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    Descriptive info: Sleeping Bag Tips.. What's Best for You ?.. Attributes to Look For.. Cleaning Your Bag.. Shop for Lightweight Sleeping Bags.. What Sleeping Bag is Best for You ?.. To determine what's best for you, consider the following:.. In what conditions will you be using your sleeping bag ? How much are you willing to invest ? What comfort level are you willing to accept ? How long do you want it to last ? Are weight and compactness important ?.. There are several basic decisions which must be made.. What kind of bag fill do you need ? What kind of shell material do you need ? What bag design do you need ?.. Fill Materials.. Shell Materials.. Types of Sleeping Bags.. FILL MATERIAL.. For consistently wet or damp weather conditions, consider a bag with either synthetic fill--which insulates well when wet--or a goose down bag encased in a microfiber or gore-dryloft shell--and be careful to keep it dry--down doesn't insulate when wet.. Synthetics like lite-loft, primaloft, polarguard, hollofil, microloft, etc.. are superior for wet conditions.. They retain a great deal of their insulating ability when wet, so in damp environments like the US Pacific Northwest, a synthetic bag may be the best choice.. They're relatively easy to clean, resistant to mildew and rot, and they dry faster than down.. In most cases they are cheaper.. That's about the extent of their advantages over down !.. Many of the newer synthetic bags are made of the new Polarguard 3D.. It is softer and lighter and just as durable as its older Polarguard siblings, and reviews say that it is more compressable than other synthetics.. Goose Down is lighter, more compressable, warmer by weight, and much more durable and long-lived (like 300%).. With the invent of dryloft and microfiber shells as coverings for down bags, down is a consideration even in damp environs.. You can also further encase a down bag in a gore-tex bivy sack for greater waterproofing.. In the winter, some folks prefer synthetic bags for long-duration outings.. The reason is that in extreme cold, your body releases moisture as you sleep, so the down bag gets wet from the inside even though well protected from the outside.. One way to prevent that is to use a vapor-barrier lining which keeps the moisture away from the down.. In my opinion, even though down is more expensive (much more so in high-end bags), it is a better long-term investment since it could last 3 times longer, if properly cared for.. At the same time, the comfort level, lighter weight, and ease of packing can't be beat.. How's that for an objective view ?.. However, having got that bias off my chest, I, as one who lives in the damp Pacific Northwest USA, desire to have a nice, lightweight synthetic bag.. The newer Polarguard 3D looks pretty good.. SHELL MATERIALS:.. Gore-Tex is out as a shell material because it just didn't breathe well enough to allow body moisture to escape.. It also didn't fare well when washing time came around - gtx-down bags had a penchant to delaminate - I got a brand-spankin-new Feathered Friends Swallow when my old gtx Swallow delaminated.. Gore stood behind it but now knows better.. No more gtx shells.. There's nylon (a tight weave), polyester, microfiber (a tightly woven material), and various flavors of Gore Dryloft and Dryloft look-alikes.. The nylon shells used by most bag makers have a coating of DWR (Durable Water Repellent) which will provide some measure of water resistance and the tight weave of the nylon provides a good measure of wind resistance, as well.. Ripstop nylon adds reinforcing threads to provide a more durable material whereas nylon taffeta is silky smooth to the touch but not nearly as durable as ripstop.. There is also polyester ripstop and polyester taffeta which are heavier than their nylon counterparts.. The microfiber shells offer a better water resistance and are windproof.. The microfiber shells have good breathability and are lighter than Dryloft but less water resistant..  ...   velcro or snap-shut closure over the zipper, at the top of the bag to prevent the zipper from sliding in the middle of the night.. These tips are pretty much common knowledge and practice, but I'll send them your way, anyhow, just in case!.. First off, I try to keep my bag clean and wash infrequently.. There are ways to keep your bag clean:.. Keep debris out of your tent - including snow, mud, dirt.. Clean off your clothes & boots before getting into your tent as much as you can and as often as you can.. Why? Because debris in your tent means debris in and on your bag.. I sometimes wear lightweight underwear and liner socks to bed so all the body dissipates are absorbed not by my sleeping bag.. Also, some folks use a sleeping bag liner for this purpose (as well as for adding a couple degrees of warmth to the bag).. But, a time comes when the wash needs to be done.. When that happens, here's a couple of tips:.. FOLLOW INSTRUCTIONS! Sounds simple, but most of us don't.. There are probably cleaning instructions attached to the bag - follow them.. Do not wash in your home washer and dryer.. Use a large front-load commercial washer.. The kind most laundromats have.. For two reasons: these washers have more capacity to accommodate your bag and they do not have center agitator which can damage your bag.. Use cleaners suggested by your bag manufacturer.. Lots of good cleaners available made especially for down & synthetics.. If you can't find adequate guidance and/or commercial cleaners, use a mild powder but not a liquid which can damage your bag's shell.. Wash in warm or cold water, but not hot, on a gentle cycle.. Dry in the commercial dryer.. Don't bother putting tennis balls/shoes or other foreign objects in with your bag.. They can actually damage the bag and they are unnecessary because the down will eventually fluff up on its own.. After drying your bag, lay it out or hang it up to fully dry and loft prior to storage.. NEVER store your bag in a compressed bag or sack.. ALWAYS store in loose way in a cotton sleeping bag storage bag or, as I do, wrap in cotton bed sheet and hang from the ceiling of your bedroom.. If all this is too much to handle, you can do as I have done, in the past, and send it downtown Seattle to Feathered Friends and for $20 they will do the dirty deed for you.. Closed-Cell Foam Pads.. , on the plus side, are ultra-light, inexpensive, waterproof, and durable.. On the downside, they are bulky, inconvenient to pack, and unconforming to your body and the terrain.. Open-Cell Foam Pads.. , on the plus side, are ultralight, inexpensive, compresses better than Closed-Cell Foam and cushions well.. However, the thing is really just a sponge.. When it touches moisture it becomes a soggy sponge.. Most often, the open-cell variety is encased in a nylon inflatable shell to protect it from the elements.. These are the Self-Inflating Mattresses.. Self-Inflating Mattresses.. , are very comfortable, have adjustable air pressure, good body heat retention, compress better than closed-cell and, and are easy to pack.. They are relatively expensive, are heavier than Closed-Cell pads, and are prone to puncture (optional repair kit adds even more weight to the pack).. In summary, Closed-Cell is lighter, cheaper, and bombproof.. Self-Inflating Mattresses are more comfortable, compact, and warmer.. To determine which pad is best for you, consider what your needs are.. In what weather conditions are you using it (or a combination of them)? Consider importance of warmth, weight, price, bulk, durability, and general comfort.. What's your priority ? You might consider a 3/4 length closed-cell for a quick minimalist over-nighter; or a full-length 1 1/2 inch self-inflating for a long-distance trail trek; or a combination of self-inflating and closed-cell during the winter--on the snow--for maximum warmth.. Shop for Lightweight, High-Quality Sleeping Bags:.. Ultralight Sleeping Bags.. Lightweight Sleeping Bags..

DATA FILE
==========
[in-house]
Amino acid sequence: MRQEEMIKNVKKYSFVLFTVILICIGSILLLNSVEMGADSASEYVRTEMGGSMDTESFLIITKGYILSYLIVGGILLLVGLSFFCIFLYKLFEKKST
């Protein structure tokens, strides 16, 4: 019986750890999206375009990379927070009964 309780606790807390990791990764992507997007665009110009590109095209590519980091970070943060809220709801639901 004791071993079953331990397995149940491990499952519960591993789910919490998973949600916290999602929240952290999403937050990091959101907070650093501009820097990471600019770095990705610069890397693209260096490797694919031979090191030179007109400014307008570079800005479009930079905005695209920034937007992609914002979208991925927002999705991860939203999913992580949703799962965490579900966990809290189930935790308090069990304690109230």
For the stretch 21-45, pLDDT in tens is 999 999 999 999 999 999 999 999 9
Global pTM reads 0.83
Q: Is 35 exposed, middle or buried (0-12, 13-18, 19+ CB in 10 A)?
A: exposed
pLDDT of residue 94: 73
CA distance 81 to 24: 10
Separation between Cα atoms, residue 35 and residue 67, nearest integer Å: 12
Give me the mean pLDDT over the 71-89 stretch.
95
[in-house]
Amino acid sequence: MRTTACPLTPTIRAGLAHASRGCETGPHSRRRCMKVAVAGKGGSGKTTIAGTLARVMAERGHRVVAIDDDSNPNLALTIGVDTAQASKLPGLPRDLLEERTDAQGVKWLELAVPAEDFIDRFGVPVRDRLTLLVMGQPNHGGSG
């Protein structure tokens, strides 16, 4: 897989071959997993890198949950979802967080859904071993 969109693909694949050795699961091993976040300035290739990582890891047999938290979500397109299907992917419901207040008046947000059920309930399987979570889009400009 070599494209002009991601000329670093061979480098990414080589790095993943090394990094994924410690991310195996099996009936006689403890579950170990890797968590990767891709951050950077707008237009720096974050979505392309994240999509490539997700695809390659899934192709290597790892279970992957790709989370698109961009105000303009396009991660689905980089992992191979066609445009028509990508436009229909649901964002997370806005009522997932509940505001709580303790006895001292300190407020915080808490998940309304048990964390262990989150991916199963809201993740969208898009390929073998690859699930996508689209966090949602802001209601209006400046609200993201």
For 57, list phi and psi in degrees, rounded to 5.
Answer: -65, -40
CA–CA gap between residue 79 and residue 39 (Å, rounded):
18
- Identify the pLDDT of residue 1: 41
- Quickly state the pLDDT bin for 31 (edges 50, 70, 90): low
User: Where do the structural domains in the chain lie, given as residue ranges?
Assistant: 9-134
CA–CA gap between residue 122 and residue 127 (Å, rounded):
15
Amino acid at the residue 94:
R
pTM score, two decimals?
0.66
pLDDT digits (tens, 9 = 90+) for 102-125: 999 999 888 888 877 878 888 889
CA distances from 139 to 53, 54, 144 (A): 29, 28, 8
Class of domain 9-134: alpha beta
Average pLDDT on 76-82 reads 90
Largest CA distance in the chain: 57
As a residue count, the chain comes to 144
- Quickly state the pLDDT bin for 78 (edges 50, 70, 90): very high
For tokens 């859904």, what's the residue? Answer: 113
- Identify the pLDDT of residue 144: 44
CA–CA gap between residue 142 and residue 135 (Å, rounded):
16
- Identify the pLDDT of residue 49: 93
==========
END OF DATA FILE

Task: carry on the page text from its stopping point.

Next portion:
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    Descriptive info: Backpacking Tent Tips.. Reduce Condensation in Single-Wall Tents.. Need To Know About Tents/Bivies.. Shop for Lightweight Backpacking Tents.. Note: these tips were originally written for the Garuda Jalan Jalan, but may be applicable for other tents as well.. I find that condensation usually isn't a problem, but in inclement weather, when you have to batten down the hatches , the following tips will be especially helpful:.. (1) I try to prop up the tail section on the outside of the tent with a stick or rock so more air can get in (and I sleep forward enough on the inside to keep the rear vent unblocked but not so far forward that my breath isn't picked up by the flow of air moving toward the front vent.. (2) I generally sleep on my back so moisture from breath goes up to air flow rather than collecting on floor or sides of tent - generally, I say, but not always.. (3) I replace the delrin rod sections which hold vents open with a longer piece of delrin so that the opening is opened to capacity (ie, it opens wider than it originally did) so more air can flow thru.. (4) I typically do not camp in low places (where air flow gets stagnant and moisture settles) and face tail of tent into prevailing winds to maximize air flow.. (5) I try to minimize bringing wet clothes into the tent unless I have no alternative.. (6) I spray the outside of tent with Tectron DWR so water will bead up and roll off (rather than saturate the material).. Now, W.. L.. Gore has come out with Revivex, which is supposed to be superior.. (7) In inclement weather, I try to at least prop the door(s) open at the bottom to increase air flow.. On some tents you may have to sew a non-moisture-absorbing nylon loop on the bottom outside of your tent door, for this purpose.. Tie an elastic cord to the door, via the loop, and stake it out.. Tents Bivies.. Tent Types.. Tent Usages.. Tent Poles Stakes.. Features to Look For.. Tent Care.. Tent Pitching.. Tent Living.. Bivy Sacks.. TYPES OF TENTS:.. The following information isn't intended to be an exhaustive survey of all types of tents in existence.. It is, however, a review of the types of tents that have been proven to be the most successful and popular within the backcountry community.. Dome:.. Basic dome shape with walls that gently curve in and up to meet at the apex.. This design provides ample headroom, maximizes living space and the ability to sit upright.. However, its basic symetrical design with just two poles leaves a significant amount of unsupported tent material, such that, this design is best used in moderate weather conditions, only.. Modified Dome:.. Variations on the basic dome shape provide more structural integrity for withstanding nasty weather.. Most notable is the addition of more poles--including cross sections--and tapered tent ends for better wind resistence.. Hoop / Tunnel:.. In the shape of a tunnel, typically with a higher section in front--just high enough to provide the only place in the tent where you can barely sit up--and tapering downward to the rear.. This is a one or two pole design with the longer pole in front.. This tent requires stakeing in order to create and maintain structural integrity.. Also, and most attractive, is that this design is very lightweight--but does not provide a lot of room to move around in.. Pyramid / Teepee:.. Essentially, this is just a waterproofed sheet or tarp draped over a center pole and staked out.. This design is gaining popularity for snow camping.. It provides a roof under which you can dig and design your living quarters.. In the summer, however, beware the bugs !.. Freestanding:.. This is, undoubtedly, the most convenient tent design to work with.. It is easier to set up, since it is self supporting--once the poles are inserted, it stands on its own without tent pegs.. After set up, it can easily be moved around to the ideal piece of ground.. It can be turned upside down and lifted overhead to shake out dirt, turned upside down or hung from a tree (or ceiling) for ease of drying.. However, it is always prudent to stake out these tents since they could easily be relocated by a strong breeze.. In addition, on double walled free-standing tents, the fly may need to be staked out, as well.. Single-Wall Construction:.. These tents are made with one layer of waterproofed / breathable material.. They forego the use of a tent fly.. They also, typically, require less zippers, stakes, webbings, and tie-out cord, and as a result, are significantly lighter than double-walled tents, and are easier to set up.. Ventilation is a critical factor here, because these tents are more prone to condensation.. Whereas the double walled tents have an inner canopy made of thin, uncoated nylon which breathes very well, and air space/air movement between the fly and canopy to provide excellent breathability and ventilation, the thicker, waterproof-coated material of the single-wall tent does not breathe as well, thus condensation results.. Extra care must be taken to ensure that these tents have good ventilating features like lower vents in back to draw in cold air and high vents in front to release warm air.. Also, it is important to pitch the end of the tent into the wind to enable increased ventilation.. It is helpful to leave wet, steamy gear outside or under the vestibule so it won't create water vapor inside the canopy.. Also, heavy breathers are more inclined  ...   provide a large enough opening ? Are the zippers large enough to grip with gloves on--with cold hands ?.. -- Ventilation:.. critical requirement ! Do homework on this one.. On single-wall tents, look for low vents in back and high vents in front, look for double door zips so air holes can be created even when the door is securely shut.. On double-walled tents, look for mesh windows, rear mesh windows, mesh doors (in addition to solid material doors), make sure design allows for good circulation of air between the tent and the tent fly.. -- Amenities that aid in making it more Homey :.. e.. g.. , ceiling loops (to use for rigging up clothes line), mesh wall pockets (for organizing and storing small gear items that are readily needed) dual entry way (so you won't step on your partner's face in the middle of the night).. TENT CARE:.. -- Don't Store It Wet:.. clean thoroughly dry whenever you can, on the trail, and especially, when you get home, in order to.. avoid mildew destruction.. -- Use a Ground Cloth:.. protect the bottom from object intrusions.. -- Fastidious Selection of Tent Sites:.. protects tent bottom aids in a good night sleep.. -- Seal all Seams !.. keep water outside !.. -- Don't Cook Inside:.. duh ! Don't melt the nylon walls ! Don't burn down your shelter ! Don't asphyxiate yourself !.. -- Don't Leave It In the Sun for prolonged periods--set up in shade, if possible:.. UV rays break down the fabric (and waterproofing).. -- Keep It Swept Out:.. dirt under you and your sleeping bag slowly grinds away at the tent floor.. -- Isolate Wet/Muddy Gear:.. better to clean up one small messy spot than the whole tent.. -- Assemble/Disassemble Poles with Caution:.. poles chip, dent, break, and cords stretch.. -- Stuff It for Transport.. constantly folding the same way causes creases which compromise the weatherproofing on the tent, as well as, eventually, cracking the material, itself.. -- Poles Stakes in Separate Sack:.. poles stakes can tear and/or poke holes in the tent material.. TENT PITCHING:.. -- First, always look for well-established tent sites that are already flattened (and probably bald).. -- Look for a well-drained flat spot--avoid low lying areas where water may collect, especially if a sudden rain storm should occur.. -- Always pitch lower-rear-end of the tent into the prevailing winds.. This will increase ventilation inside the tent and protect the tent entryway (and you) from wind and inclement weather.. -- Look for natural, protective windbreaks like boulders, clumps of thick brush, trees, etc.. behind which to pitch your tent, in order to enjoy a more calm cooking and camping area.. -- Before driving tent stakes too far into the ground, lay on your sleeping bag inside the tent to ensure that (1) you will be lying level or with head slightly higher that the rest of your body and (2) there are no stones or sticks directly under the floor.. Make adjustments, then finalize your stake-out.. TENT LIVING:.. -- Rig up clothes lines across tent ceiling for drying wet/damp clothes--helps to minimize mildew overly offensive odors, as well as effective for drying clothes.. -- Carry miniature card games, cribbage, etc.. , to pass time during inclement weather.. -- Use plumber's candles or commercial candle-lanterns for prolonged periods of artificial light.. -- Establish consensus on rules of the tent related to eating, drinking, wet clothes, etc.. in the tent, before the trek begins.. -- Use available mesh wall pockets to organize and store items which are needed in the middle of the night--flashlight, toilet paper, time piece, altimeter, whistle, medicine, etc.. BIVY SACKS:.. Bivies are a great alternative shelter when you want to travel fast and light.. There are definite trade-offs, though.. Typical applications or situations where bivies are frequently used are (1) emergency shelter for very long day hikes (2) emergency and/or primary shelter for alpine climbing (3) long-distance, high-daily-mileage travel, and (4) multi-day cross country travel.. Positives:.. -- Lightweight (my Bibler weighs 18 oz).. -- Packs Small (like a medium-sized cantaloupe).. -- Requires Little Ground-Space--fast and easy to setup.. Negatives:.. -- Condensation can be a problem.. -- Gear has to stay outside.. -- Tight quarters.. Hard, but not impossible, to change clothes inside.. -- Clostrophobic quarters when inclement weather necessitates total closure.. Tips:.. -- Place boots and/or clothes in headspace.. This (1) keeps them dry and (2) lifts the bivy material off your face.. -- Sew loop on hood.. Tie parachute cord on loop.. Toss parachute cord over tree limb.. When snug in bivy, pull on other end of parachute cord to pull bivy material up off your face.. Provides ample room for reading via headlamp.. -- Use Gore-Tex or Dry-Loft sleeping bags, otherwise condensation could get fill material wet--especially a problem with down.. -- A bivy with 2/3 coverage of Gore-Tex, Todd-Tex, or other wa-- Apply thin bead of SeamGrip on all seams, even if bivy was seam-sealed at the factory.. terproof, breathable material, generally has less condensation problems.. Most bags have top 1/2 in waterproof, breathable material and the bottom 1/2 in waterproofed, non-breathable tent bottom material--(ergo the condensation).. Some manufacturers--like Feathered Friends--make bivies with 2/3 wrap around gore-tex and 1/3 tent bottom--(ergo more breathability and less condensation).. Attributes to Look For in a Bivy:.. -- Large enough for a Winter sleeping bag and mattresses.. -- Room in headspace for (at least some) gear.. -- Factory-sealed seams.. -- Mosquito netting.. -- Top 1/2 to 2/3--preferably 2/3-- covered with breatheable, waterproof material.. -- Design which best prevents you from getting clostrophobia.. Shop for Lightweight, High-Quality Shelters:.. Lightweight Backpacking Tents..